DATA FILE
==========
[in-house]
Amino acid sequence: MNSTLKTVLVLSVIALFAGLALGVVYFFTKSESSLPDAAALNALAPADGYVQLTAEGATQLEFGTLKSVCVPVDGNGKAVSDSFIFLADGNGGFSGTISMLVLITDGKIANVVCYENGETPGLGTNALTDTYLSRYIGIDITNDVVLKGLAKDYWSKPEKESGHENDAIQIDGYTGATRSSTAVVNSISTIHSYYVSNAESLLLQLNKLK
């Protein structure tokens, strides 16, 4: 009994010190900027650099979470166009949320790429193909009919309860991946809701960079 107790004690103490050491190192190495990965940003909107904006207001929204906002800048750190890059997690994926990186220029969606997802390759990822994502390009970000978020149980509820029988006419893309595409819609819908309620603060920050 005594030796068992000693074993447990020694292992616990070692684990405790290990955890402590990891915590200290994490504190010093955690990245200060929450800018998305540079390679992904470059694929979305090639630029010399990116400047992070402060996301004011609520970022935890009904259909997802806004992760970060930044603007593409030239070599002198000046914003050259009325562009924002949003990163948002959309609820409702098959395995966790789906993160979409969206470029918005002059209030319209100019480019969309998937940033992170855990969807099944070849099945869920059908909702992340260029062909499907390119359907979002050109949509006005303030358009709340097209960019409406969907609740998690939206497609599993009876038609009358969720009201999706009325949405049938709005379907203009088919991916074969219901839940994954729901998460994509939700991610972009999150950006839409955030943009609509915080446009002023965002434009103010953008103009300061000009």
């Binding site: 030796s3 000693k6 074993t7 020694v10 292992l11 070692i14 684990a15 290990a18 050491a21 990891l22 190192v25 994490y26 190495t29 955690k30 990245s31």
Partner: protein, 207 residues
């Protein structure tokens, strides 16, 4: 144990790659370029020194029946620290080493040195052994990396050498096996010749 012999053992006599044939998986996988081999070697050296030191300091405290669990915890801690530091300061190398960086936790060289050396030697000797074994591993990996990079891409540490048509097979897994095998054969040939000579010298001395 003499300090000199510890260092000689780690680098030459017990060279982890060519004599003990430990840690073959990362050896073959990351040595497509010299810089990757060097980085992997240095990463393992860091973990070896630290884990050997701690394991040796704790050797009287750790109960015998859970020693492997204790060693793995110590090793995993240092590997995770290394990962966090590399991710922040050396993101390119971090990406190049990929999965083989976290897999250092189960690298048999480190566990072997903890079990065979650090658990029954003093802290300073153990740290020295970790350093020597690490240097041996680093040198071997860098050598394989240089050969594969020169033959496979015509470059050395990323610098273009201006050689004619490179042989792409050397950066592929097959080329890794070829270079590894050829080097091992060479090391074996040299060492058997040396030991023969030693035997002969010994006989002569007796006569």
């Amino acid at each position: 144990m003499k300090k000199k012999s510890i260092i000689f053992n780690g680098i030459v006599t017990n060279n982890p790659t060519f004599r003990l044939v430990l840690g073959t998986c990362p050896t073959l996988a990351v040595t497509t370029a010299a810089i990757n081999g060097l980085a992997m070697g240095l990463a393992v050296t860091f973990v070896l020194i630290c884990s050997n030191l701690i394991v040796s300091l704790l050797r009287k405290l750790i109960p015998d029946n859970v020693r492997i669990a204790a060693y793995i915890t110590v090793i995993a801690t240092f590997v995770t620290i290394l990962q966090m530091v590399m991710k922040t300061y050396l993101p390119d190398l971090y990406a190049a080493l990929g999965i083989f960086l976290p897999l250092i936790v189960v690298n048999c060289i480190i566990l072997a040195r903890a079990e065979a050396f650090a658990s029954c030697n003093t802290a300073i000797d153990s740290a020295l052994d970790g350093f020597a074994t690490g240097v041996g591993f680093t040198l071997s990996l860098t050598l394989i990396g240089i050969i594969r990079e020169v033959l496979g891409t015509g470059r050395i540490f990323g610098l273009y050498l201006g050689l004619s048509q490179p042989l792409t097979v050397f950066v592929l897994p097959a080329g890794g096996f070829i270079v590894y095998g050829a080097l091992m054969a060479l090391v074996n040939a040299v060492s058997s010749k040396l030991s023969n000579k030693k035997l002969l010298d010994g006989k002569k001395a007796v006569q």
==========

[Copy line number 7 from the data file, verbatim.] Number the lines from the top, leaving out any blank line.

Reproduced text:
């Amino acid at each position: 144990m003499k300090k000199k012999s510890i260092i000689f053992n780690g680098i030459v006599t017990n060279n982890p790659t060519f004599r003990l044939v430990l840690g073959t998986c990362p050896t073959l996988a990351v040595t497509t370029a010299a810089i990757n081999g060097l980085a992997m070697g240095l990463a393992v050296t860091f973990v070896l020194i630290c884990s050997n030191l701690i394991v040796s300091l704790l050797r009287k405290l750790i109960p015998d029946n859970v020693r492997i669990a204790a060693y793995i915890t110590v090793i995993a801690t240092f590997v995770t620290i290394l990962q966090m530091v590399m991710k922040t300061y050396l993101p390119d190398l971090y990406a190049a080493l990929g999965i083989f960086l976290p897999l250092i936790v189960v690298n048999c060289i480190i566990l072997a040195r903890a079990e065979a050396f650090a658990s029954c030697n003093t802290a300073i000797d153990s740290a020295l052994d970790g350093f020597a074994t690490g240097v041996g591993f680093t040198l071997s990996l860098t050598l394989i990396g240089i050969i594969r990079e020169v033959l496979g891409t015509g470059r050395i540490f990323g610098l273009y050498l201006g050689l004619s048509q490179p042989l792409t097979v050397f950066v592929l897994p097959a080329g890794g096996f070829i270079v590894y095998g050829a080097l091992m054969a060479l090391v074996n040939a040299v060492s058997s010749k040396l030991s023969n000579k030693k035997l002969l010298d010994g006989k002569k001395a007796v006569q």